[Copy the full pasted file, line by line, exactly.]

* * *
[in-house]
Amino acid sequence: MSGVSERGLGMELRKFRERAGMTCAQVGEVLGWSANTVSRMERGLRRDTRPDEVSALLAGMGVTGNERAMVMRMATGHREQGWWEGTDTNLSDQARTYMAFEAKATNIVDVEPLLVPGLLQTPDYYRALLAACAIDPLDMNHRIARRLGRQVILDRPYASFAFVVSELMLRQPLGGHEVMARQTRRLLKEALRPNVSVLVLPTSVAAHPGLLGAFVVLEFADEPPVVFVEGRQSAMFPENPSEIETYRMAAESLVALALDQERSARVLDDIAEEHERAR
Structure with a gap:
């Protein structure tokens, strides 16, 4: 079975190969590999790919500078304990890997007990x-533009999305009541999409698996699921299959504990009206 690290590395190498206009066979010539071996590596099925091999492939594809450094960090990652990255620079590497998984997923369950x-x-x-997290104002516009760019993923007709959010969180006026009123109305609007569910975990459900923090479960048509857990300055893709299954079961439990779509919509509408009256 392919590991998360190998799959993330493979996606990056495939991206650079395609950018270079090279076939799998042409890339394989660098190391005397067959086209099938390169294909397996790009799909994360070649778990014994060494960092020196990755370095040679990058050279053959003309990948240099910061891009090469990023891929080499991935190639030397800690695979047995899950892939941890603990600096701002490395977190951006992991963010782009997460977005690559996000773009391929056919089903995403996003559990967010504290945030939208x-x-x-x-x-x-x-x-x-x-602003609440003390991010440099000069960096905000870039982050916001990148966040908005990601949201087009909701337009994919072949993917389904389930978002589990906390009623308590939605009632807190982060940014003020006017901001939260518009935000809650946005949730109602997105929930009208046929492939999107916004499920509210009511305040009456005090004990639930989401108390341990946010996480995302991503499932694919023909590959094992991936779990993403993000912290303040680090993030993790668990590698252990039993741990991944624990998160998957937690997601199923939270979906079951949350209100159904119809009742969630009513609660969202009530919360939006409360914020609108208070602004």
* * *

[in-house]
Amino acid sequence: MSGVSERGLGMELRKFRERAGMTCAQVGEVLGWSANTVSRMERGLRRDTRPDEVSALLAGMGVTGNERAMVMRMATGHREQGWWEGTDTNLSDQARTYMAFEAKATNIVDVEPLLVPGLLQTPDYYRALLAACAIDPLDMNHRIARRLGRQVILDRPYASFAFVVSELMLRQPLGGHEVMARQTRRLLKEALRPNVSVLVLPTSVAAHPGLLGAFVVLEFADEPPVVFVEGRQSAMFPENPSEIETYRMAAESLVALALDQERSARVLDDIAEEHERAR
Structure with a gap:
């Protein structure tokens, strides 16, 4: 079975190969590999790919500078304990890997007990x-533009999305009541999409698996699921299959504990009206 690290590395190498206009066979010539071996590596099925091999492939594809450094960090990652990255620079590497998984997923369950x-x-x-997290104002516009760019993923007709959010969180006026009123109305609007569910975990459900923090479960048509857990300055893709299954079961439990779509919509509408009256 392919590991998360190998799959993330493979996606990056495939991206650079395609950018270079090279076939799998042409890339394989660098190391005397067959086209099938390169294909397996790009799909994360070649778990014994060494960092020196990755370095040679990058050279053959003309990948240099910061891009090469990023891929080499991935190639030397800690695979047995899950892939941890603990600096701002490395977190951006992991963010782009997460977005690559996000773009391929056919089903995403996003559990967010504290945030939208x-x-x-x-x-x-x-x-x-x-602003609440003390991010440099000069960096905000870039982050916001990148966040908005990601949201087009909701337009994919072949993917389904389930978002589990906390009623308590939605009632807190982060940014003020006017901001939260518009935000809650946005949730109602997105929930009208046929492939999107916004499920509210009511305040009456005090004990639930989401108390341990946010996480995302991503499932694919023909590959094992991936779990993403993000912290303040680090993030993790668990590698252990039993741990991944624990998160998957937690997601199923939270979906079951949350209100159904119809009742969630009513609660969202009530919360939006409360914020609108208070602004």